2.50
Hdl Handle:
http://hdl.handle.net/10755/150243
Type:
Presentation
Title:
Learning Needs of Postpartum Mothers
Abstract:
Learning Needs of Postpartum Mothers
Conference Sponsor:Sigma Theta Tau International
Conference Year:2003
Author:Beard, Betty, RN, PhD
P.I. Institution Name:Eastern Michigan University
Title:professor of nursing
Objective: to identify the most important learning needs of postpartum mothers. Design: Cross-sectional, descriptive. Population, Sample, Setting, Years: In 2002, 133 non high-risk postpartum women from two midwestern hospitals responded. Women had delivered within 48 hours of participation in study. Concept or Variables Studied Together or Intervention and Outcome Variable(s): learning needs of adults. Methods: The Postpartum Teaching Questionnaire, adapted by Beger and Cook in 1998, was used (with permission). Women were asked to rate the importance of 23 infant and 14 maternal topics that could be taught during postpartum hospitalization. Women who agreed to participate were given the instrument to complete before discharge from hospital. Rate of response from potential subjects was 78%. Findings: Respondents' average age was nearly 30 years. 85% were married and almost all (98%) had had prenatal care. 64% had vaginal deliveries (36% C/S). Nearly all (97%) said that they have help available when they go home. Respondents prefer individualized teaching (55%) with less preferring handouts/books (21%), group classes (16%), and videos/TV (8%). Primiparas' priority learning needs, in descending order are: circumcision, jaundice, infant bowel/urine, feeding cord care, infant illness, infant medication, stitches/incision. Mothers' concerns were centered on their newborns and less on themselves. For multiparas, surprisingly, more learning needs were identified than with primparas. Conclusions: Individualized teaching is the preferred method for learning. Primparas' do not understand the words that we take for granted (eg "circumcision" and "jaundice"). Multiparas continue to have multiple learning needs. Implications: Carefully explain medical terminology to postpartum women. Do not assume that multiparas "know it all". They may have more questions because they may have realized, once they had gone home with their first baby, that there had beeen much more to learn. Ask women what their most important learning needs are.
Repository Posting Date:
26-Oct-2011
Date of Publication:
17-Oct-2011
Sponsors:
Sigma Theta Tau International

Full metadata record

DC FieldValue Language
dc.typePresentationen_GB
dc.titleLearning Needs of Postpartum Mothersen_GB
dc.identifier.urihttp://hdl.handle.net/10755/150243-
dc.description.abstract<table><tr><td colspan="2" class="item-title">Learning Needs of Postpartum Mothers</td></tr><tr class="item-sponsor"><td class="label">Conference Sponsor:</td><td class="value">Sigma Theta Tau International</td></tr><tr class="item-year"><td class="label">Conference Year:</td><td class="value">2003</td></tr><tr class="item-author"><td class="label">Author:</td><td class="value">Beard, Betty, RN, PhD</td></tr><tr class="item-institute"><td class="label">P.I. Institution Name:</td><td class="value">Eastern Michigan University</td></tr><tr class="item-author-title"><td class="label">Title:</td><td class="value">professor of nursing</td></tr><tr class="item-email"><td class="label">Email:</td><td class="value">betty.beard@emich.edu</td></tr><tr><td colspan="2" class="item-abstract">Objective: to identify the most important learning needs of postpartum mothers. Design: Cross-sectional, descriptive. Population, Sample, Setting, Years: In 2002, 133 non high-risk postpartum women from two midwestern hospitals responded. Women had delivered within 48 hours of participation in study. Concept or Variables Studied Together or Intervention and Outcome Variable(s): learning needs of adults. Methods: The Postpartum Teaching Questionnaire, adapted by Beger and Cook in 1998, was used (with permission). Women were asked to rate the importance of 23 infant and 14 maternal topics that could be taught during postpartum hospitalization. Women who agreed to participate were given the instrument to complete before discharge from hospital. Rate of response from potential subjects was 78%. Findings: Respondents' average age was nearly 30 years. 85% were married and almost all (98%) had had prenatal care. 64% had vaginal deliveries (36% C/S). Nearly all (97%) said that they have help available when they go home. Respondents prefer individualized teaching (55%) with less preferring handouts/books (21%), group classes (16%), and videos/TV (8%). Primiparas' priority learning needs, in descending order are: circumcision, jaundice, infant bowel/urine, feeding cord care, infant illness, infant medication, stitches/incision. Mothers' concerns were centered on their newborns and less on themselves. For multiparas, surprisingly, more learning needs were identified than with primparas. Conclusions: Individualized teaching is the preferred method for learning. Primparas' do not understand the words that we take for granted (eg &quot;circumcision&quot; and &quot;jaundice&quot;). Multiparas continue to have multiple learning needs. Implications: Carefully explain medical terminology to postpartum women. Do not assume that multiparas &quot;know it all&quot;. They may have more questions because they may have realized, once they had gone home with their first baby, that there had beeen much more to learn. Ask women what their most important learning needs are.</td></tr></table>en_GB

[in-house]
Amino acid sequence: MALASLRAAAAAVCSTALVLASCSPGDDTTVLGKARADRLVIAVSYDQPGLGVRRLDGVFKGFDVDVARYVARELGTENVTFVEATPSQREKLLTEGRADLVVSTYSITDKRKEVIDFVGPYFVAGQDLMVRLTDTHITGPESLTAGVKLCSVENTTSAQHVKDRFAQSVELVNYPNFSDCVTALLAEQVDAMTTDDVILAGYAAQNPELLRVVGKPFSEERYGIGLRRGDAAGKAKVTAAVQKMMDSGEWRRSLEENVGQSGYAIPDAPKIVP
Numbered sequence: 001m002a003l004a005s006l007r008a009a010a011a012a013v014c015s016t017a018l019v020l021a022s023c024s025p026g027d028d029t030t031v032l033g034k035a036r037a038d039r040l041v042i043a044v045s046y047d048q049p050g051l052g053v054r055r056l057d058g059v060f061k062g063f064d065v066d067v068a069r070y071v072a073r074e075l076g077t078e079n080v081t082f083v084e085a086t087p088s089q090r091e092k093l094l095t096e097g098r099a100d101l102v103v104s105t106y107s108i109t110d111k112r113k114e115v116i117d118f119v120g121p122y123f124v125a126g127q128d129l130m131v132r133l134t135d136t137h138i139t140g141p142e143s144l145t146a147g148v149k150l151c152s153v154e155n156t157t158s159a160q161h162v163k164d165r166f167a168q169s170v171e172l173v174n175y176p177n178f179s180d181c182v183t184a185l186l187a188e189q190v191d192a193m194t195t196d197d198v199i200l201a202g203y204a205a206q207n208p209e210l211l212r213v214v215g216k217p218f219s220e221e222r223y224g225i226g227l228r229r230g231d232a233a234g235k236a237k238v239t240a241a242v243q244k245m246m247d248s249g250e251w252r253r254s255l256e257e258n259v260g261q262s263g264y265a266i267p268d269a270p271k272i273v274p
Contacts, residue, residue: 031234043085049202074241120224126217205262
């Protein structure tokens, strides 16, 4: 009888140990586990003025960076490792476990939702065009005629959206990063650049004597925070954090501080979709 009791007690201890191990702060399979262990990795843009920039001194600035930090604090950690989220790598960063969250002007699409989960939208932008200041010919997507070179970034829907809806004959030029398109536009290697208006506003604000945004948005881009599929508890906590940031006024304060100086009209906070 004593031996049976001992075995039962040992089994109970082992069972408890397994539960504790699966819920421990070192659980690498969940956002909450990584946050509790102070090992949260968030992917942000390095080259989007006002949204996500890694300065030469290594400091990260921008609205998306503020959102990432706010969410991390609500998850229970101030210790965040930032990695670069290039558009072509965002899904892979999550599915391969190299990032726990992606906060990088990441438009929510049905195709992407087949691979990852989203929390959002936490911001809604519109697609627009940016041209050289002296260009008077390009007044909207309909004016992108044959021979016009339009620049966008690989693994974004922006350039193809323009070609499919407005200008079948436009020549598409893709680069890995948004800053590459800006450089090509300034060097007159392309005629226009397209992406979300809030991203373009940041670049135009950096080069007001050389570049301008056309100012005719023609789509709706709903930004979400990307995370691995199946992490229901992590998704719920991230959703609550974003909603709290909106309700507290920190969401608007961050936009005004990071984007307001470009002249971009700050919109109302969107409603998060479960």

dc.date.available2011-10-26T10:19:48Z-
dc.date.issued2011-10-17en_GB
dc.date.accessioned2011-10-26T10:19:48Z-
dc.description.sponsorshipSigma Theta Tau Internationalen_GB
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